When the New York Times reported that Google is “trying again in social networking,” I thought it meant a significant new product on the level of Chrome or Picasa. Then I read down further: “Google’s +1 is remarkably similar to Facebook’s Like button,” except that you’re “liking” search results. It’s personalized search. When you find a store, news article, recipe, photo, advertisement, etc. and you “+1″ it, your family and friends get the benefit of your recommendation, and you don’t have to go the “extra mile” and actually send them an email about it (that would be so tedious, wouldn’t it?). The button only appears if you’re logged into your Google account. The Times reports that your +1’s are purely public to your connections on Google, just as your “Likes” are visible to your Facebook friends, and Google finds your Google connections “through Gmail and chat contacts, as well as people users follow on Google Reader or Buzz. Later it will include contacts from other social sites like Twitter and Flickr. But it will not include contacts from Facebook, because Facebook information is not publicly shared on the Web.” Here’s Google’s video description of +1.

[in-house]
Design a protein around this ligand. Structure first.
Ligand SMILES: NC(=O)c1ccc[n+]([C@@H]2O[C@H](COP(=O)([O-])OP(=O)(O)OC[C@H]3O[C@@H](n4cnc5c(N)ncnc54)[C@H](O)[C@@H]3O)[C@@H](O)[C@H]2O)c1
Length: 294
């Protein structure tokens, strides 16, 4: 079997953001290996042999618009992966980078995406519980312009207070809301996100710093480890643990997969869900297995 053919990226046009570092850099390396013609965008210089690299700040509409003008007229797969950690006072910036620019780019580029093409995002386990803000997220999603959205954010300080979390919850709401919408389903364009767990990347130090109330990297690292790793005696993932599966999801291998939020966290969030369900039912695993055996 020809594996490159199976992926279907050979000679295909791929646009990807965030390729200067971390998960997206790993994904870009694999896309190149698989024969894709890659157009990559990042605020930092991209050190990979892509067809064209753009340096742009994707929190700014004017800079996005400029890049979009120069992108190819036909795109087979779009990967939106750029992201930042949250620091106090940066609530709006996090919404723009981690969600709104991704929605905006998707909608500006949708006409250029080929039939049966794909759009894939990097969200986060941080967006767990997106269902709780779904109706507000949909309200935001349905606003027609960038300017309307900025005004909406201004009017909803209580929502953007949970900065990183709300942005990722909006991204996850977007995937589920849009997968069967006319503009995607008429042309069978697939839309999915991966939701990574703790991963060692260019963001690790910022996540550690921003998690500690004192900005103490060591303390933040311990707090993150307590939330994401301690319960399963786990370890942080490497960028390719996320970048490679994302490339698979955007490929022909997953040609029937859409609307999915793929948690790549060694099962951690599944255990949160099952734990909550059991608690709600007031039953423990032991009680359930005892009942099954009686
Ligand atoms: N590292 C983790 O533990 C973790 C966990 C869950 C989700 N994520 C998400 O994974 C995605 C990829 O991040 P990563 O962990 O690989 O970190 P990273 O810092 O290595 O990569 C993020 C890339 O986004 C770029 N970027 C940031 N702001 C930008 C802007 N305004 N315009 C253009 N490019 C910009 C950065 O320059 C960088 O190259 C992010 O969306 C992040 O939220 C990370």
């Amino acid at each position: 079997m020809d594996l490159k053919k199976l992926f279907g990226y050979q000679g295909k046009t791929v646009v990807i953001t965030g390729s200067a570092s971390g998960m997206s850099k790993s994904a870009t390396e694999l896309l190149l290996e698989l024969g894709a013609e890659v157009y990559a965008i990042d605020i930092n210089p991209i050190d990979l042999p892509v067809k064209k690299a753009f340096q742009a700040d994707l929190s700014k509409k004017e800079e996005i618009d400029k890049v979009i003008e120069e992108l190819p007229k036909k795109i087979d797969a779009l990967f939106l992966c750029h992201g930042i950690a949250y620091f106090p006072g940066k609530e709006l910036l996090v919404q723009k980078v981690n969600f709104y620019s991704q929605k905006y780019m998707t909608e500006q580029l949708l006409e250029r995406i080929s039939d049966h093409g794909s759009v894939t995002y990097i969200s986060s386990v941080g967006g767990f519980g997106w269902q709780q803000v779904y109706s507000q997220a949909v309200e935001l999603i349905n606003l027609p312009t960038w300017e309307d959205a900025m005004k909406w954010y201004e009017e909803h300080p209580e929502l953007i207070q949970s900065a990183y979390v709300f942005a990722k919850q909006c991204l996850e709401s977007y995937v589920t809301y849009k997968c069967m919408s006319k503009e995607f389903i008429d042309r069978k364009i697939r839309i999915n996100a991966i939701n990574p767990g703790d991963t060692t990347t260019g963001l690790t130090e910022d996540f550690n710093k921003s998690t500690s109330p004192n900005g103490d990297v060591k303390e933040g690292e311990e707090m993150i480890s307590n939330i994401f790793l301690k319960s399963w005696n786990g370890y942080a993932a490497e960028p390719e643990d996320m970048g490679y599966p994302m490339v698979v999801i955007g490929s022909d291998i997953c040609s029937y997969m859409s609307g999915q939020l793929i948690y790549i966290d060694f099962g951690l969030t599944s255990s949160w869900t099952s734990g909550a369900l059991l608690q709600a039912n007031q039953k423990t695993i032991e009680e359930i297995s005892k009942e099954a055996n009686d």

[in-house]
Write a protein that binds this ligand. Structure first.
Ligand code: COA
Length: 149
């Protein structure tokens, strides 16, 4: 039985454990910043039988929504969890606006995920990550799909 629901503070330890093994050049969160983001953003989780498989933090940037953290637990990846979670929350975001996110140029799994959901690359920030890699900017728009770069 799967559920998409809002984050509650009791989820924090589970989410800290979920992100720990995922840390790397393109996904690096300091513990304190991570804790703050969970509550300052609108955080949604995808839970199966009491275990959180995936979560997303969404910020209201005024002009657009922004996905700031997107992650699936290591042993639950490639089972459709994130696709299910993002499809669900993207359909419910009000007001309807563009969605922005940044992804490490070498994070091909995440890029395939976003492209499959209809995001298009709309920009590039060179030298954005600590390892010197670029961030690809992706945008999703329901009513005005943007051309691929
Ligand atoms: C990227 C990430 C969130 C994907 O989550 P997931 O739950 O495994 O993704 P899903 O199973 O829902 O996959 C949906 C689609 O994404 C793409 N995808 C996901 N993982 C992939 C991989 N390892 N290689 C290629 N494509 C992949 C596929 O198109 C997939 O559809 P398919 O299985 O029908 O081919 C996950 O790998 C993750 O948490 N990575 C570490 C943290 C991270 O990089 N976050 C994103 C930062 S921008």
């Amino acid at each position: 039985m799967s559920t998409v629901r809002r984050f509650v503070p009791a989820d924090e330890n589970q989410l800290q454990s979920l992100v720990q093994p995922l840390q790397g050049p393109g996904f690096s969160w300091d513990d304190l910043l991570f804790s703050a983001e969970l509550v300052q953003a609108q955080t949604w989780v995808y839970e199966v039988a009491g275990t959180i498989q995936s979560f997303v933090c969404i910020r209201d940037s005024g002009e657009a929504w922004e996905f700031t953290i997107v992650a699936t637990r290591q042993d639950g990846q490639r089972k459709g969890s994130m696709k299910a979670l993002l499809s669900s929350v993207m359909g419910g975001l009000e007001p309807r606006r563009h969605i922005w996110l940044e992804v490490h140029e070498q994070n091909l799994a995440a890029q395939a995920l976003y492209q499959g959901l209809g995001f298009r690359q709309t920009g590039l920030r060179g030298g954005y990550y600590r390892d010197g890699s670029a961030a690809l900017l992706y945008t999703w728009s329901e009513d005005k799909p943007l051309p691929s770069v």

Safer Internet Day 2105
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- The policy of student data privacy
- News & views from ConnectSafely: April 23, 2015
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- Facebook’s Scrapbook encourages photos of children, but think before you post
- Pew Survey: Reports of Facebook’s demise among teens greatly exaggerated
- Should I worry about my teens texting?
- Chromebooks & Google Apps appeal to schools & consumers
- Raising digital kids: 10 tips for improving parent-teen relationships
- Setting screen-time limits – for parents
- Digital Trust Foundation seeking proposals on digital abuse programs
- Parent bullying: The one-upper society
- What is the best way to introduce screen media to our three-and-a-half-year-old?
- Internet Explorer had a long and important life, but it’s time to move on
- Seven good smartphone security habits